Despite their absence on the continent today, the earliest camels actually evolved in North America, around 35 million years ago (MYA).  These small, early camels looked more like modern gazelle than today’s camels, as they were small, slender creatures with sharp hooves to aid in running.  Over time, they diversified from their small, goat-sized ancestors to a fantastic array of shapes and sizes, and inhabiting an equally diverse set of biomes, a much greater diversity than we see today. Some evolved similar to modern day gazelle, deer, and pronghorn, adapted for faster running in open areas. Others became huge, larger than modern day camels. Still others found their way northwards, inhabiting the most northern reaches of Canada in the frigid Arctic. It wasn’t until a few million years ago that the camelids found their way outside of North America. In one direction, we see the ancestors of the modern day guanaco, vicuña, alpaca, and llama cross the Isthmus of Panama into South America. Meanwhile, the ancestor of the modern dromedary and Bactrian camels dispersed from Alaska into Russia via the Bering Land Bridge (which humans would later use to cross in the opposite direction).

Mounted fossil skeleton of the extinct camelid Paleolama on display at the Houston Museum of Natural Science in Houston, Texas with Cian Kinderman Seamus Kieran Mikaila Bloomfield and Emily Barber Photo Credit Zack Neher

A mounted fossil skeleton of the extinct camelid Paleolama on display at the Houston Museum of Natural Science in Houston, Texas.  Paleolama was a mid-sized North American species that lived during the Ice Age.  You can see the resemblance in the overall body plan between Paleolama and the modern dromedary.

Humans would have actually encountered wild camels in North America when they first arrived during the last Ice Age.  Even in Colorado, we find the remains of Ice Age camels that would have lived alongside more famous and charismatic megafauna, such as the Columbian mammoth. In 2011, fossil bones of the genus Camelops were unearthed during the massive Ice Age dig at the Snowmass ski resort, discovered in the same layers as the bones of Columbian mammoth, deer, and bison. Although the exact cause of extinction is not entirely certain, there is a growing body of evidence that suggests that many of the large Ice Age mammals were driven to extinction by the arrival of early humans approximately 10,000 years ago, making the Ice Age Camelops another possible casualty of the spread of humanity.*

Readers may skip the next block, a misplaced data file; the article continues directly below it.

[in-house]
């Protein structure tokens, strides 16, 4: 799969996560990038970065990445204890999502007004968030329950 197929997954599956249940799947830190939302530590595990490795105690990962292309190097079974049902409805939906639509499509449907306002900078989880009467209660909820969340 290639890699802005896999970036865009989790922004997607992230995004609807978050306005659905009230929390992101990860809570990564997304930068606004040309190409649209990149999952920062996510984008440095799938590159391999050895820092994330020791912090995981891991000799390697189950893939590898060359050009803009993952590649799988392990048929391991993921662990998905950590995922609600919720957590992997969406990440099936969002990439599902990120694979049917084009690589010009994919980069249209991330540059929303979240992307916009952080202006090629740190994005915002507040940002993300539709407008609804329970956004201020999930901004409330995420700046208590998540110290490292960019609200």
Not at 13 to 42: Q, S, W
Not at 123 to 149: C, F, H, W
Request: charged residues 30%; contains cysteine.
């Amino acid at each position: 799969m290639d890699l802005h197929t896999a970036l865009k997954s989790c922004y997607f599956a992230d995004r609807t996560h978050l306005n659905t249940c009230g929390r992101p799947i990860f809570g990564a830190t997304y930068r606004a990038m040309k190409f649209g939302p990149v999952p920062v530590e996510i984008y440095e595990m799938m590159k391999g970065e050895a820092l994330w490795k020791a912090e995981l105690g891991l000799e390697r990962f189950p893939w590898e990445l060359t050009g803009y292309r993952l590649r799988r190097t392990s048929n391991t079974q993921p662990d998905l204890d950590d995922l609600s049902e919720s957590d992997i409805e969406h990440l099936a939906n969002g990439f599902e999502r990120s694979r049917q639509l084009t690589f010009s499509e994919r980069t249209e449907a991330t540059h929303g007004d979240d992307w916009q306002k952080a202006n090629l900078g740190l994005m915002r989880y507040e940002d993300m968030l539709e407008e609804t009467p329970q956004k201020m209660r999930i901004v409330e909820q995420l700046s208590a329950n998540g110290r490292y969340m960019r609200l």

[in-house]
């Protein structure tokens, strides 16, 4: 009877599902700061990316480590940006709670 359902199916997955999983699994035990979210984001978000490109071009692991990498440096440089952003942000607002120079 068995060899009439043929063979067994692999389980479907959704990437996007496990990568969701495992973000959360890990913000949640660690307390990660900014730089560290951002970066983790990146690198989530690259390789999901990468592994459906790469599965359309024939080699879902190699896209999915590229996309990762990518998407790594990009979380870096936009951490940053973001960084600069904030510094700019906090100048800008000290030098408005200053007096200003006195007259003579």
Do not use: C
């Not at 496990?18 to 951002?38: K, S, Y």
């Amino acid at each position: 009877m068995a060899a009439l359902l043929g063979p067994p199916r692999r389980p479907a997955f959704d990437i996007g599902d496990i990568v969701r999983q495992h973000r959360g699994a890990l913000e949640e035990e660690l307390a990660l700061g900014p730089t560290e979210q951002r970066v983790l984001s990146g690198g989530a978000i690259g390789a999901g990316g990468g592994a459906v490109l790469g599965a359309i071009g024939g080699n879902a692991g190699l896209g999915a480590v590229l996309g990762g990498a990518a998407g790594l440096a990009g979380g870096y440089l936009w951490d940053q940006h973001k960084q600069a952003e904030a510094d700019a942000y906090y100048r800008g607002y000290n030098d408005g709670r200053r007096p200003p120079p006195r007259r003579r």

Fossil skull cast of the extinct camelid Camelops on display at The Living Desert Zoo and Gardens in Palm Desert California with Mark Julie and Dani Neher and Rick Nick and Sydney Carlson Photo Credit Zack Neher

This is a fossil skull cast of the extinct camelid Camelops, on display at The Living Desert Zoo and Gardens in Palm Desert, California.  Check out how large those nasty-looking front teeth are.  Unlike deer, camels evolved offensive weapons such as large, sharp teeth to combat potential predators.  Even a bite from today’s camels is nothing to joke about.

Even though we typically think of camels as exclusively desert animals, the fossil record shows us that in prehistory, the camel family had become adapted to a wide variety of habitats and niches. The development of a nomadic, desert lifestyle actually appears to be a fairly recent one!

Michael %22Big Mike%22 Collett riding on the back of a dromedary camel Camelus dromedarius in the Sahara Desert in Morocco on Semester at Sea Spring 2016 with Meredith Leung Kim Kassander Emily Kaplan and Haley Collins Photo Credit Zack Neher

Michael “Big Mike” Collett riding on the back of a dromedary in the Sahara.  See where the green rope is attached to the camel’s lower jaw?  If you look at the picture of the Camelops skull, you can see a large gap between the front teeth and the molars, called a diastema.  For these camels, many of the ropes were looped through here.

Join us next time, as we investigate an adaptation of the modern camel that helps keep it cool in the desert heat….and helps keeps penguins warm underwater!

 

* Unfortunately, the investigation is a bit of a COLD CASE.  Boom, Ice Age puns.

 

 

Introducing “The Natural World: Connections”